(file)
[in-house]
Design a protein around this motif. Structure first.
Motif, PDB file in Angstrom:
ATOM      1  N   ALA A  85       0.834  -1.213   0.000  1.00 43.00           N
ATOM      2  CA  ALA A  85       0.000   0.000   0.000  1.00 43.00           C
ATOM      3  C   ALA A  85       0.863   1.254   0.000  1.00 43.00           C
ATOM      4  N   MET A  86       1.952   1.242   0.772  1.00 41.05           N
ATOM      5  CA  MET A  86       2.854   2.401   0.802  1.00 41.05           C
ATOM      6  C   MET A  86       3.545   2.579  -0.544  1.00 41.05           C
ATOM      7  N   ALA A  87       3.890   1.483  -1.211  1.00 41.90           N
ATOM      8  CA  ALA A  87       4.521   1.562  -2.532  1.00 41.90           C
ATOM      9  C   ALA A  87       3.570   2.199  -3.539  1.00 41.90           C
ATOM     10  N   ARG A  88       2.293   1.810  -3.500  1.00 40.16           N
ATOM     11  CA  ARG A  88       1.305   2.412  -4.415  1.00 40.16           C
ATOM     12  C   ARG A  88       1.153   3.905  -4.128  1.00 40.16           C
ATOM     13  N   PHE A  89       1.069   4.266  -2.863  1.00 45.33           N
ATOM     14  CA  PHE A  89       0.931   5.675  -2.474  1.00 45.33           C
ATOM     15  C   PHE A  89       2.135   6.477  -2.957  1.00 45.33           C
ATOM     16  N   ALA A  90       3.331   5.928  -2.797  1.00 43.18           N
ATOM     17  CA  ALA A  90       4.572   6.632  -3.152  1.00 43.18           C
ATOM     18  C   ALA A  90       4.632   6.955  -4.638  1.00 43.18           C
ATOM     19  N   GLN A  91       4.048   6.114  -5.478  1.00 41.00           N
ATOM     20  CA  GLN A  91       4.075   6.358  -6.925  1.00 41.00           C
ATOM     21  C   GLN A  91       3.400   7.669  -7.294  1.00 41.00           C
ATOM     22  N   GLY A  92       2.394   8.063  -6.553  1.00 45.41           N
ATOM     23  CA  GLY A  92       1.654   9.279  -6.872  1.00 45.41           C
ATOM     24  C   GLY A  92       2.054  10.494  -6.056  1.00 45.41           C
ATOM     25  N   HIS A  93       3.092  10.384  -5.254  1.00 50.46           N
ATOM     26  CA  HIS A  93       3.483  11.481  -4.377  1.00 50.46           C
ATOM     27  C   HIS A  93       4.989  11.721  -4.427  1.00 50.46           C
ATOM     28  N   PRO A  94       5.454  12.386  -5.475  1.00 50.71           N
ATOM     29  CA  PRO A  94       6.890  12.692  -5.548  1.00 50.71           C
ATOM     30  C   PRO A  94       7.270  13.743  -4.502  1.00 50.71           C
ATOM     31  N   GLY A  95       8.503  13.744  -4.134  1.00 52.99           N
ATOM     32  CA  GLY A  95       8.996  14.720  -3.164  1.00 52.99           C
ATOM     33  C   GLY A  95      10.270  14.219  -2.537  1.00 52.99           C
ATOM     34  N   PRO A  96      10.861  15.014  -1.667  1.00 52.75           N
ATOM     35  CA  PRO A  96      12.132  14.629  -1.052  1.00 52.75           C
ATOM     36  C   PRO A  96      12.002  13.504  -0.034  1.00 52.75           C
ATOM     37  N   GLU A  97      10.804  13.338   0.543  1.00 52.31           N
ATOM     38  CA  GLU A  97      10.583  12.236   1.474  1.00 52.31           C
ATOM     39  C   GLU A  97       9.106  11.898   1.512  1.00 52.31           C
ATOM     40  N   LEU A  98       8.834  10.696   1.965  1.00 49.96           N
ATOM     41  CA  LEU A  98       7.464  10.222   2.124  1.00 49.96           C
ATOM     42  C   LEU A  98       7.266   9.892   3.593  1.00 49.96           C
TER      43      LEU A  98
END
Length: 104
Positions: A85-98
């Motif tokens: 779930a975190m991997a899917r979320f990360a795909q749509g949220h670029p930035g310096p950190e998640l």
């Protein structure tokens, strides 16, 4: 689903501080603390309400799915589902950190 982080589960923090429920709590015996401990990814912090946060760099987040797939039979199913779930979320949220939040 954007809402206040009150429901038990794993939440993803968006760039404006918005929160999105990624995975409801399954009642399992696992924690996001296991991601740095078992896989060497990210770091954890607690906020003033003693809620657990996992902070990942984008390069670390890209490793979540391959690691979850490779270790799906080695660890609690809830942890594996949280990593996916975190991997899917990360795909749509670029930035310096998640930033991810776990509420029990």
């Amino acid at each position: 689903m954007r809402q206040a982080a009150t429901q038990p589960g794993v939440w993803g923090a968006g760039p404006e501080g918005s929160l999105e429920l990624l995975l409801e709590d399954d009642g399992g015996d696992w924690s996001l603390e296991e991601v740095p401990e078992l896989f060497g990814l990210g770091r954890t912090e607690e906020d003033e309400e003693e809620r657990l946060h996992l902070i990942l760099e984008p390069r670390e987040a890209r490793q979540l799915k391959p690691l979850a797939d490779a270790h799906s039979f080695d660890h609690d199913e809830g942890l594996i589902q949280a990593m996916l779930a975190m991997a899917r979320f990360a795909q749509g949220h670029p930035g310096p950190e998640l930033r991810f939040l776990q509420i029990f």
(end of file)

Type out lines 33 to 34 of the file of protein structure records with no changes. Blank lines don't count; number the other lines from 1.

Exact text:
ATOM     30  C   PRO A  94       7.270  13.743  -4.502  1.00 50.71           C
ATOM     31  N   GLY A  95       8.503  13.744  -4.134  1.00 52.99           N